The participants also observed that the nursing students were still lacking in mastering the techniques of handling the injection syringe correctly and firmly to give the intramuscular injection as frequently observed during OSCE and in the clinical areas. One another note, the participants found that when using non-interactive mannequins to practice, the nursing students always faced with difficulty in feeling the correct injection site and location of the sciatic nerve in the dorsogluteal site.

Regarding student’s self-practice in their free time, even though they were being provided with the checklist of IMI procedure and guidance from the nurse in charge of the nursing skills laboratory, the nursing students often observe to come for self-practice only around the examination time. This is due to their tight teaching and learning schedules in the undergraduate nursing program. It seems that there is no official record about how long they took to practice in the lab.

Also, the focus group participants were triggered with questions related to using VLE for the nursing students to learn about the intramuscular injection. In this regard, the focus group participants' general responses seemed to approve that the VLE would improve the teaching method on IMI since the simulation is close to reality and thus could assist the nursing students in getting a clearer picture of what is taught to them.

Participants reported any negative overcrowding experiences. They noted that nursing educators have difficulty managing large numbers of students practising in the same place (lab or hospital settings) and students compete for clinical procedures. A negative experience of hospital students overcrowding resulted in fewer clinical learning opportunities (Motsaanaka et al., 2020).

It could also provide consistent information on giving an IMI to the nursing students compared to the lecture-demonstration because it is always ready in the online computer software. In this way, the focus group highlighted the principle of flexibility in learning, which would be applied when using the software. The focus group also suggested that there must be an activity to monitor the nursing students’ participation in the practical session via the software, the software must have a feature that enables the course coordinator to follow and monitor students practice time and if they practice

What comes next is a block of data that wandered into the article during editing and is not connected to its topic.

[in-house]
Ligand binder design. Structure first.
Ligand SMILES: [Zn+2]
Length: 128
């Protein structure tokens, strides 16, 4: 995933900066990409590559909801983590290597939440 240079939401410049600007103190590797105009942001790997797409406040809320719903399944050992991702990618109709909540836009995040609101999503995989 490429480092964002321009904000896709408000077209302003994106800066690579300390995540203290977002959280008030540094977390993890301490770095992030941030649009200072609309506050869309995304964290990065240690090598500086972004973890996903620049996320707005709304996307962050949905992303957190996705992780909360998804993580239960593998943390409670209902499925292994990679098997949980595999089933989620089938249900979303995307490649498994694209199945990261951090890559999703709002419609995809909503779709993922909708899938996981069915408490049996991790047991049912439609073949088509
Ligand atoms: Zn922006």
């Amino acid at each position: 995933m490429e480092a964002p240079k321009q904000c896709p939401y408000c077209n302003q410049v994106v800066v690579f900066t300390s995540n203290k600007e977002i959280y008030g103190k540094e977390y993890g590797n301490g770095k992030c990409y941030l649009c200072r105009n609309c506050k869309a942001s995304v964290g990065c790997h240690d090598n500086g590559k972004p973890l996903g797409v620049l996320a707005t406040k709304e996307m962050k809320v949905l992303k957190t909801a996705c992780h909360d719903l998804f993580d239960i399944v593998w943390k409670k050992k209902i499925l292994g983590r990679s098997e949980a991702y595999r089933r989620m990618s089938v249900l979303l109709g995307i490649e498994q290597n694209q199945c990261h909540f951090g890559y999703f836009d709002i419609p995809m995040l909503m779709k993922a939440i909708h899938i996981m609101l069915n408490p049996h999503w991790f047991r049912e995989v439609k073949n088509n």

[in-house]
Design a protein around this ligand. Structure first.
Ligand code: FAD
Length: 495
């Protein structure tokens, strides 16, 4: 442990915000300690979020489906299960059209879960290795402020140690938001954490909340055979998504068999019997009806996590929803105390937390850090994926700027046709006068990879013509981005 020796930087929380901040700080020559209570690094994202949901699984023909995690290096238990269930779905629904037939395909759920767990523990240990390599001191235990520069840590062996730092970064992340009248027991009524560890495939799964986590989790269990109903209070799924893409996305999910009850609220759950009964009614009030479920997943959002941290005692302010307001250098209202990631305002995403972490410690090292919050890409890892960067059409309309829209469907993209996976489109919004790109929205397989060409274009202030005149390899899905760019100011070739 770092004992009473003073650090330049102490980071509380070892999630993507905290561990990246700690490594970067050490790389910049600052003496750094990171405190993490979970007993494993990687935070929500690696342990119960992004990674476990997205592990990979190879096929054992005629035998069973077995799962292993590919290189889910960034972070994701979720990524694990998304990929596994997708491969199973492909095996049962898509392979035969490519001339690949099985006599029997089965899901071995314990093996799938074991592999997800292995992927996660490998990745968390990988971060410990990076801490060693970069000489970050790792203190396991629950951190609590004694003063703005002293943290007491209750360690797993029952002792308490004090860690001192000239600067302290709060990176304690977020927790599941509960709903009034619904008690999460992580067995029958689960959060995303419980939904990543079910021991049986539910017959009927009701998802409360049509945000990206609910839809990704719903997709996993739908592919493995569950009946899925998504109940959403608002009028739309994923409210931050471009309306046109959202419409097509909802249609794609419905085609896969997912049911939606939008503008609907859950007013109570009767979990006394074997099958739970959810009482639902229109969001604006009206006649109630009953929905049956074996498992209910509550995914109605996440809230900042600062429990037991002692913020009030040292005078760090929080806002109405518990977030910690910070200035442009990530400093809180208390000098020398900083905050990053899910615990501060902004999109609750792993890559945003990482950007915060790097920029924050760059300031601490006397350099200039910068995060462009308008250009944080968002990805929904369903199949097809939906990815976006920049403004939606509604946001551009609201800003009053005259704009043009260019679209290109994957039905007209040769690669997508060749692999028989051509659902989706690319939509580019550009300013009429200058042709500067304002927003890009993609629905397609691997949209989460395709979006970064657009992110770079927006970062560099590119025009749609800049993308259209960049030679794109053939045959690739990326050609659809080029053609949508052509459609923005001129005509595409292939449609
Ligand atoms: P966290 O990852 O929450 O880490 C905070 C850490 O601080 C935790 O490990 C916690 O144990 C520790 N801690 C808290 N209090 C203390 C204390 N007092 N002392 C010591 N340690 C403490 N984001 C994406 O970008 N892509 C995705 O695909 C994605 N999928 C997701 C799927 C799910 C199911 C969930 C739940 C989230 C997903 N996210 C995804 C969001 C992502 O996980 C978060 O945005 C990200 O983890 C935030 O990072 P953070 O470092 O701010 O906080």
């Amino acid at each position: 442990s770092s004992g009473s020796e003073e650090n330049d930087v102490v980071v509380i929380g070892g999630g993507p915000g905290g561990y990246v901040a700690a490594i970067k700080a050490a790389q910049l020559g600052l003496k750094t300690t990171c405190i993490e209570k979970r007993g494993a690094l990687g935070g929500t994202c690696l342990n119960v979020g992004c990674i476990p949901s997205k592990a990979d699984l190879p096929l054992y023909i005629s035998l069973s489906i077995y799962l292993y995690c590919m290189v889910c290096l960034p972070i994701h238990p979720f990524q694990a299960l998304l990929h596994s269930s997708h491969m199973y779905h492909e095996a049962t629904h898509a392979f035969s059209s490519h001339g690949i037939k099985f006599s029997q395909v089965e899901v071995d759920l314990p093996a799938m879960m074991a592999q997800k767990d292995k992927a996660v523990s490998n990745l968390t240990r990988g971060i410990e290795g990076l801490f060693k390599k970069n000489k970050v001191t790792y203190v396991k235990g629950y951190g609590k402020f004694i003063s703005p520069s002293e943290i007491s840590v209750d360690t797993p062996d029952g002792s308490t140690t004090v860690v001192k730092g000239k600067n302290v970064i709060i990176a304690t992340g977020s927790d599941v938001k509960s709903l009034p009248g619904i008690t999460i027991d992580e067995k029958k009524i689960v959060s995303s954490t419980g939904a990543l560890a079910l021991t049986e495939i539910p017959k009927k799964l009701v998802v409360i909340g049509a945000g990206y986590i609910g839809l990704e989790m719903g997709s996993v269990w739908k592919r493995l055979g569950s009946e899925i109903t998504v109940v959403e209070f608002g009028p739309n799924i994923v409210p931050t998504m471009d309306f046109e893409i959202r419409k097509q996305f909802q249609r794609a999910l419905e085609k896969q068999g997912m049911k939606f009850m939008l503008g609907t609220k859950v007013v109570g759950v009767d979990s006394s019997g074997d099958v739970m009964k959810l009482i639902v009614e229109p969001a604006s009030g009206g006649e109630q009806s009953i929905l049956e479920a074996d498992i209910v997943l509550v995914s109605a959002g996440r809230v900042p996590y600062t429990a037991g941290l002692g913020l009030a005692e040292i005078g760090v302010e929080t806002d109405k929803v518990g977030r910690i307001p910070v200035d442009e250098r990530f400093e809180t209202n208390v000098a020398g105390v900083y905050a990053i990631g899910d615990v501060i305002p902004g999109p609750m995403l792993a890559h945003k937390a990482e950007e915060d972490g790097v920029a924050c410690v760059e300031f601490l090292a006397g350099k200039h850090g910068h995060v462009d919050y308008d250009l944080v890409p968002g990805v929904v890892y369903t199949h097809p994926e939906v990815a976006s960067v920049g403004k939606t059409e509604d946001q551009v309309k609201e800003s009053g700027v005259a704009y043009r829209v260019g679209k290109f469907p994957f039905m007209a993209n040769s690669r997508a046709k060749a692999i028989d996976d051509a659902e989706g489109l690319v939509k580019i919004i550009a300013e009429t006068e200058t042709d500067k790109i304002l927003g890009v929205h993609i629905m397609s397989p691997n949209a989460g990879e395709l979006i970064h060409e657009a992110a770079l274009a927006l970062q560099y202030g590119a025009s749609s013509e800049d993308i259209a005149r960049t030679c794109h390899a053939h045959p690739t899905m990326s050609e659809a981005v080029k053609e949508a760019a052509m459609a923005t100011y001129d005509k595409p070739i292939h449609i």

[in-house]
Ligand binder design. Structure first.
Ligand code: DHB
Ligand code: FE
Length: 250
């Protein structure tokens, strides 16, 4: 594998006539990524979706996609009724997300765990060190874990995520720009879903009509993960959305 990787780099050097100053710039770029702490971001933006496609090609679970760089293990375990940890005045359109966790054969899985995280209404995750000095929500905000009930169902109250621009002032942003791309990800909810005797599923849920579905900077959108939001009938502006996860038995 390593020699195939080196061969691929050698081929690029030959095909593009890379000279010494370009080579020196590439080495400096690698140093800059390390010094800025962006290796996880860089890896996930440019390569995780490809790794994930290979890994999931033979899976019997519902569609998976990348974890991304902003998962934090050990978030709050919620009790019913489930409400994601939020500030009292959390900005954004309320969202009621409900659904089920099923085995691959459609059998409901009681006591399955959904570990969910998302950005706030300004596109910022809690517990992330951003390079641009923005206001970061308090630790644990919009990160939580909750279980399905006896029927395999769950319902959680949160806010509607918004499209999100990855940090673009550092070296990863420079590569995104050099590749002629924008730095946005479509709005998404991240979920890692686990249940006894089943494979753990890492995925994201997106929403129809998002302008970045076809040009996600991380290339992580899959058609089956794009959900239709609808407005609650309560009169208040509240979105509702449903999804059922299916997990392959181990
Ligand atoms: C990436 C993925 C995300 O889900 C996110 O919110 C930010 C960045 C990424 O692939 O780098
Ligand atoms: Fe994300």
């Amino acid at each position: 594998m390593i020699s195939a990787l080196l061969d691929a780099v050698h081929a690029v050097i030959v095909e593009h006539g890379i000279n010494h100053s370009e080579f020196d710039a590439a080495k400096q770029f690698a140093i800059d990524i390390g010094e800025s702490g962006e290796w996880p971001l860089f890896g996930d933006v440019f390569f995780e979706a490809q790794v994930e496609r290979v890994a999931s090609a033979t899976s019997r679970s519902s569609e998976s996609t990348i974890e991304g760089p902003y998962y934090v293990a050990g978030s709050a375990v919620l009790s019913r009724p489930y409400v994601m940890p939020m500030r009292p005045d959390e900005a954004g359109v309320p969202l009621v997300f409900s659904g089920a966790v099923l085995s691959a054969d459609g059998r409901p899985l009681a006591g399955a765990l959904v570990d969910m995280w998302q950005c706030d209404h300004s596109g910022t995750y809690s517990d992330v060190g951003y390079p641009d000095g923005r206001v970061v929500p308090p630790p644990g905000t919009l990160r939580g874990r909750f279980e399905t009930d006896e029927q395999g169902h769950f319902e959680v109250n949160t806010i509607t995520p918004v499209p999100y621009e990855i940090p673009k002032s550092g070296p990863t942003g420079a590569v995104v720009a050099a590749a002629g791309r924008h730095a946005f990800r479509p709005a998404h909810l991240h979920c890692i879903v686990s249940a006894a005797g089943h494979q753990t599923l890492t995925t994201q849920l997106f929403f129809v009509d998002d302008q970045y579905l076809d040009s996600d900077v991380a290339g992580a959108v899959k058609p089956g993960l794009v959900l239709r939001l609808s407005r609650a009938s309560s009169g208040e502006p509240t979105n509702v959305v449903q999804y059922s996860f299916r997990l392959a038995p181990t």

or no, how long the logged in to the program and a test at the end of the class to check program efficacies.

According to the focus group, rather than using a one-way communication, the software could provide a platform to allow nursing students to share information or give feedback on their performance. The focus group preferred that the software that will be produced should apply the concept of interactive learning to enhance learning the intramuscular injection skills. Ideally, the graphic should have a three-dimension so that the injection sites anatomical part could be seen from skin layers.

The focus group suggested the computer software should allow the nursing students to virtually handle the syringe, locate the correct injection site, and feel the patient's soft skin to give the dose. Another recommendation by the focus group participants is to ensure the software could have two-way communication between the nursing student and the nurse educator.

Finally, the focus group participants accepted the idea of using the online computer software as a tool to provide opportunities for the nursing students to learn intramuscular injection by an interactive, flexible, and virtual learning way. The focus group participants also suggested that the software go through validity and reliability processes before it could be officially used for the nursing students and added to the nursing curriculum.